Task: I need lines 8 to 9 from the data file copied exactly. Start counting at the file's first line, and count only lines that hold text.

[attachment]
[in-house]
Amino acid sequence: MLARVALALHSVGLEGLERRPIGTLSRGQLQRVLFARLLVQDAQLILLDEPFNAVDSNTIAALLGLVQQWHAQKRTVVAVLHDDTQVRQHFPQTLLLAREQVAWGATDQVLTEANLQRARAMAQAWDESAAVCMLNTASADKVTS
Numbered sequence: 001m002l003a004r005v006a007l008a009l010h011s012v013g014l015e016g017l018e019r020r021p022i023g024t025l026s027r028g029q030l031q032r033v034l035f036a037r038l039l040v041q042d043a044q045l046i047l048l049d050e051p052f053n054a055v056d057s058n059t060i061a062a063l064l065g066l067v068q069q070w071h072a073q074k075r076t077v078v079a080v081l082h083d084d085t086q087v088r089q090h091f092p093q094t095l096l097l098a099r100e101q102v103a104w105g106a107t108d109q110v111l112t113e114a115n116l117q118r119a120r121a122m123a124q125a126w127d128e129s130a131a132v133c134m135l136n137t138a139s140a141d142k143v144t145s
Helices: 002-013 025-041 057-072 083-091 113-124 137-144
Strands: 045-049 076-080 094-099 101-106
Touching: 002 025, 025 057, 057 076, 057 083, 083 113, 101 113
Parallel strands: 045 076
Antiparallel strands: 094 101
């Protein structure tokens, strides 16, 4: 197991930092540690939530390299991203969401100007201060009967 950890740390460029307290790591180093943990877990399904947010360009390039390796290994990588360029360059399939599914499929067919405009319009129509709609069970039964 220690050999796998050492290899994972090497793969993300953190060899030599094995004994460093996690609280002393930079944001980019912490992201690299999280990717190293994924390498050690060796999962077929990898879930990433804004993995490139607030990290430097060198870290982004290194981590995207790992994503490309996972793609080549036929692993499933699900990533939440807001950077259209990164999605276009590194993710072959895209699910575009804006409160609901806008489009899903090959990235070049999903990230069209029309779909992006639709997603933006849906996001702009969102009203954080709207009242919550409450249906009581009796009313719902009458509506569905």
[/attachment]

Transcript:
Antiparallel strands: 094 101
């Protein structure tokens, strides 16, 4: 197991930092540690939530390299991203969401100007201060009967 950890740390460029307290790591180093943990877990399904947010360009390039390796290994990588360029360059399939599914499929067919405009319009129509709609069970039964 220690050999796998050492290899994972090497793969993300953190060899030599094995004994460093996690609280002393930079944001980019912490992201690299999280990717190293994924390498050690060796999962077929990898879930990433804004993995490139607030990290430097060198870290982004290194981590995207790992994503490309996972793609080549036929692993499933699900990533939440807001950077259209990164999605276009590194993710072959895209699910575009804006409160609901806008489009899903090959990235070049999903990230069209029309779909992006639709997603933006849906996001702009969102009203954080709207009242919550409450249906009581009796009313719902009458509506569905």